These days, I never think back on the past and regret not buying some trendy piece of clothing that I probably wouldn’t even have worn or yet another statue to sit on my bookshelf collecting dust. I think about that trip to Romania I had the opportunity to take in uni, but ultimately passed on. I think about the time I went to Mexico on a cruise and let my stick-in-the-mud ex talk me out of riding a burro up a dirt trail while I was there.

It makes me sad that I don’t have those memories to look back on, especially since I may never have those same opportunities again. But the good news is I learned to just go ahead and do the things I want to do in life, even if it means doing them alone. The memories and cool stories last a lifetime.

4. The little things are the big things.

Speaking of memories, I’ve learned that it’s not always obvious when you’re creating one that’s going to mean a lot to you one day. Everyone knows their wedding day or the day their child is born is a big deal and that they’ll remember that for the rest of their life. Some of my favourite memories are the ones that kind of snuck up on me at the time though.


I mean the day I was walking by the beach with my friends as a teenager in the fog, saw a seal, and thought for a split second that it was a mermaid.

There’s the time I signed up for an online film appreciation class on a whim and realised I still love learning as an adult. And the week a random frog lived underneath my bedroom window and made me happy every night with all his little frog noises. Those are some of the moments and occurrences that turned out to mean the most to me over the years.

I couldn’t even tell you why, but there’s something magical about them — something that suggests they’re what life is truly all about. They were little things that became big because they had meaning, especially if they were also shared with someone I loved.

5. Taking care of yourself physically is every bit as important as people tell you it is.

Ignore that piece of advice and you’ll eventually wish you hadn’t, I assure you. I’m not sure how things are for young people these days, but I wasn’t taught about fitness in much detail when I was young.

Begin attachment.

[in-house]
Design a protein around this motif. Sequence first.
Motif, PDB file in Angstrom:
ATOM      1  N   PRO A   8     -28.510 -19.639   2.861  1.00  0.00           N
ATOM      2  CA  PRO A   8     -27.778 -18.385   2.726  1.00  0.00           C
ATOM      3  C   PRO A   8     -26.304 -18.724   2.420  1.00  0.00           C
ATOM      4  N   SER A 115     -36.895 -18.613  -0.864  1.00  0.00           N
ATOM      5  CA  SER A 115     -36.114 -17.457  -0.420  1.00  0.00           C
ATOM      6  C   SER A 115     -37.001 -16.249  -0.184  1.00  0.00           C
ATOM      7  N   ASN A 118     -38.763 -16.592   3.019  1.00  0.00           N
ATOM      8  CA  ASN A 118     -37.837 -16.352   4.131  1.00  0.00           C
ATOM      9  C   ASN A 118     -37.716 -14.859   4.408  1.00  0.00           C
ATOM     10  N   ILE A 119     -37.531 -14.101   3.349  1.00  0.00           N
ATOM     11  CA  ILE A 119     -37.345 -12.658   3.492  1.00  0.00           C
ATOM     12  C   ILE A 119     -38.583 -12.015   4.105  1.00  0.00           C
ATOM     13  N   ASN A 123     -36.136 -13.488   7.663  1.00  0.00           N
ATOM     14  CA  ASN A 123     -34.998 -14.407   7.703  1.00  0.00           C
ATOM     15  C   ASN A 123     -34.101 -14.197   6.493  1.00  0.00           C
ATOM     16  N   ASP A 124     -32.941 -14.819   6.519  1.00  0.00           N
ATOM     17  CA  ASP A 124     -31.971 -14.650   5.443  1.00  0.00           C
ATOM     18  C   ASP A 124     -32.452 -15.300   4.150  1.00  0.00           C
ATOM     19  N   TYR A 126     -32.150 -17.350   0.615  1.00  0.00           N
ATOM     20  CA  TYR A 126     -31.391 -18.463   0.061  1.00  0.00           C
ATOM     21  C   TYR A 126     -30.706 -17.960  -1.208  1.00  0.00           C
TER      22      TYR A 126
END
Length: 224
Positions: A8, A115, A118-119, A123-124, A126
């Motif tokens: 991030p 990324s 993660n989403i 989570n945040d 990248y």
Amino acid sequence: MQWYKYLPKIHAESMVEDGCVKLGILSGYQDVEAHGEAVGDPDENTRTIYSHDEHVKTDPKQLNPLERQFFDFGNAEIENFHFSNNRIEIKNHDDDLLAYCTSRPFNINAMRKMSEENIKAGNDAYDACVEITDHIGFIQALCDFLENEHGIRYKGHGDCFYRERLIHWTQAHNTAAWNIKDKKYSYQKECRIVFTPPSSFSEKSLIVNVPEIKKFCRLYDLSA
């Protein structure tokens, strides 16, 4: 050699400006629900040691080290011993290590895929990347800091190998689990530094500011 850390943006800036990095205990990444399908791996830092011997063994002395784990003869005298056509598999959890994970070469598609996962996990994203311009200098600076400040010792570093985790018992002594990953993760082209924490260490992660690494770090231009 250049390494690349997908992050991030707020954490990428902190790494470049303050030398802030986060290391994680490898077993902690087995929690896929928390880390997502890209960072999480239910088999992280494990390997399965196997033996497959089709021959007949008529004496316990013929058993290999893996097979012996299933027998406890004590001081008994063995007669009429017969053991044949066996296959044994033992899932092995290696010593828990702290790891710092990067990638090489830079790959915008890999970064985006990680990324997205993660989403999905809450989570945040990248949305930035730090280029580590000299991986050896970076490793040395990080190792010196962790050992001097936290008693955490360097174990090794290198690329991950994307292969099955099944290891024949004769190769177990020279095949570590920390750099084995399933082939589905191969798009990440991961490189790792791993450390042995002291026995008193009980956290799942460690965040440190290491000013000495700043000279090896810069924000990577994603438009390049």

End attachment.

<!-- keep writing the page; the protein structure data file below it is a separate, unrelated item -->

Sure, I was taught it was important, but I was never properly schooled on why or told what exactly would happen to you if you chose not to bother. I certainly wasn’t given any practical advice on how to turn fitness and proper self-care into permanent habits.


Luckily for me, years of working on my feet and having friends who preferred physical pastimes to simply sitting around all the time meant I spent most of my life "accidentally fit". The problem came when I got older, had more choices, and started making a bunch that meant I wasn’t very active anymore. That quickly led to the swift and blinding development of numerous health problems and this horrible feeling that I had no control over my life anymore.

These days, I’m doing much better in that department. I’ve gone out of my way to educate myself on how to take care of my body, as well as to establish a healthy routine that’s realistic for me. The "realistic for you" part is critical because, at the end of the day, it doesn’t matter how effective a given fitness regimen is. If you hate it with the fire of a thousand suns, you’re not going to stick with it and you can’t benefit from exercise you’re not doing.

Don’t do what I did and wait until you’re 40 and your metabolism is slowing down to get your act together. Do it while you’re still young and stick with it. Find a way to love being active and to make it a daily part of your routine. Get so used to taking care of yourself that doing otherwise feels unbearably weird.

You’ll be glad you did one day, because seriously. If I could change just one thing about how I ran my life when I was younger, this would be the thing. (Here’s a piece I wrote all about that in particular, should you be interested.)

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6. The best time to make your dreams come true is now.

Not in 10 years when you’ve figured out what your one true career path is. Not in a few months when you’ve finally lost that stubborn 10kg. Not tomorrow when the weather’s better and not "someday" when your life’s finally the big, perfect bowl of peach cobbler you hope it eventually will be. It’s now… today!

The unshakeable optimism that comes with being young is amazing and I remember it fondly. I figured my whole life was still ahead of me and took it for granted that everything would simply work out in my favour one day all by itself, so why force things?

I wanted to travel, but I thought the experience would be better "someday" when I had tons of money and a perfect job that didn’t feel as soul-sucking as my current one did. I wanted to speak multiple languages, but I wanted to learn in the perfect house I thought I’d own someday while sitting in the perfect combination office-study I also planned on having. I wanted to teach myself how to do genuinely awesome makeup, but I wanted a flawless life and a circle of brag-worthy friends to show it off to first.